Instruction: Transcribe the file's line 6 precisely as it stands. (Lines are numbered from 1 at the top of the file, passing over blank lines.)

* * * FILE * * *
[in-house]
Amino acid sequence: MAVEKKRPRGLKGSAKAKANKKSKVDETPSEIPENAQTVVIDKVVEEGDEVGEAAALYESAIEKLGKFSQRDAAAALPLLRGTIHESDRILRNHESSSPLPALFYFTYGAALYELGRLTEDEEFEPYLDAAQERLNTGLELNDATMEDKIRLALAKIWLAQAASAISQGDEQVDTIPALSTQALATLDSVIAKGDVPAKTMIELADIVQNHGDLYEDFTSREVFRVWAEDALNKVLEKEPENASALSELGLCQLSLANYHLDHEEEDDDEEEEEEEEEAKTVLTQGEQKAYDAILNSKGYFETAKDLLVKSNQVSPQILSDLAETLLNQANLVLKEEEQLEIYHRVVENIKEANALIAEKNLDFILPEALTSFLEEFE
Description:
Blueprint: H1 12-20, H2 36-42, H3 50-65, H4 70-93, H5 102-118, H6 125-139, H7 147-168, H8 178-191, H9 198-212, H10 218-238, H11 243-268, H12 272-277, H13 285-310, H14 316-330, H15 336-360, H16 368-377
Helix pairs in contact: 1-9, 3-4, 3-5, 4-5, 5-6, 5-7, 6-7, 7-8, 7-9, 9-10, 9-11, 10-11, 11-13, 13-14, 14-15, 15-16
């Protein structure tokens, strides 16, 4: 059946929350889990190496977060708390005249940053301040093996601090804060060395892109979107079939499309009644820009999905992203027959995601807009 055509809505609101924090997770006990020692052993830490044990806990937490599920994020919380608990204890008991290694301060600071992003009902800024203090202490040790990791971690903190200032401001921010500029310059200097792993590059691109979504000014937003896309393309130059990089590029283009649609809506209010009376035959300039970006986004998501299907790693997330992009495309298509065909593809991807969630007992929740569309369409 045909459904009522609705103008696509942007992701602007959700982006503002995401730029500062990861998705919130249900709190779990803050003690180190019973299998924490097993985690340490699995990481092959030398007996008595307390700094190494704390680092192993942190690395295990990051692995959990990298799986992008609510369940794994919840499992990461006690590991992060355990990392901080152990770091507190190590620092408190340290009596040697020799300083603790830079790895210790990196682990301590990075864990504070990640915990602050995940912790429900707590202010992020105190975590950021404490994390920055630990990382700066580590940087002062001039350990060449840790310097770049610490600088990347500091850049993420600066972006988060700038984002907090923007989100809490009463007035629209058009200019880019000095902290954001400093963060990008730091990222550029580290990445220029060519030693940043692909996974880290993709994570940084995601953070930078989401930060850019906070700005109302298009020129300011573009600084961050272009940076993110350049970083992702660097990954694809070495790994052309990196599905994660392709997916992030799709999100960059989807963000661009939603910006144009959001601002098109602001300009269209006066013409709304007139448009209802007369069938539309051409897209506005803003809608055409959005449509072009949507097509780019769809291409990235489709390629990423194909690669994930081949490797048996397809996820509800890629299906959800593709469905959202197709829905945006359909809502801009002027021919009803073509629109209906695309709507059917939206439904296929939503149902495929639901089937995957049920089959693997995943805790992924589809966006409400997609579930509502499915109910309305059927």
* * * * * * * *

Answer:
């Protein structure tokens, strides 16, 4: 059946929350889990190496977060708390005249940053301040093996601090804060060395892109979107079939499309009644820009999905992203027959995601807009 055509809505609101924090997770006990020692052993830490044990806990937490599920994020919380608990204890008991290694301060600071992003009902800024203090202490040790990791971690903190200032401001921010500029310059200097792993590059691109979504000014937003896309393309130059990089590029283009649609809506209010009376035959300039970006986004998501299907790693997330992009495309298509065909593809991807969630007992929740569309369409 045909459904009522609705103008696509942007992701602007959700982006503002995401730029500062990861998705919130249900709190779990803050003690180190019973299998924490097993985690340490699995990481092959030398007996008595307390700094190494704390680092192993942190690395295990990051692995959990990298799986992008609510369940794994919840499992990461006690590991992060355990990392901080152990770091507190190590620092408190340290009596040697020799300083603790830079790895210790990196682990301590990075864990504070990640915990602050995940912790429900707590202010992020105190975590950021404490994390920055630990990382700066580590940087002062001039350990060449840790310097770049610490600088990347500091850049993420600066972006988060700038984002907090923007989100809490009463007035629209058009200019880019000095902290954001400093963060990008730091990222550029580290990445220029060519030693940043692909996974880290993709994570940084995601953070930078989401930060850019906070700005109302298009020129300011573009600084961050272009940076993110350049970083992702660097990954694809070495790994052309990196599905994660392709997916992030799709999100960059989807963000661009939603910006144009959001601002098109602001300009269209006066013409709304007139448009209802007369069938539309051409897209506005803003809608055409959005449509072009949507097509780019769809291409990235489709390629990423194909690669994930081949490797048996397809996820509800890629299906959800593709469905959202197709829905945006359909809502801009002027021919009803073509629109209906695309709507059917939206439904296929939503149902495929639901089937995957049920089959693997995943805790992924589809966006409400997609579930509502499915109910309305059927």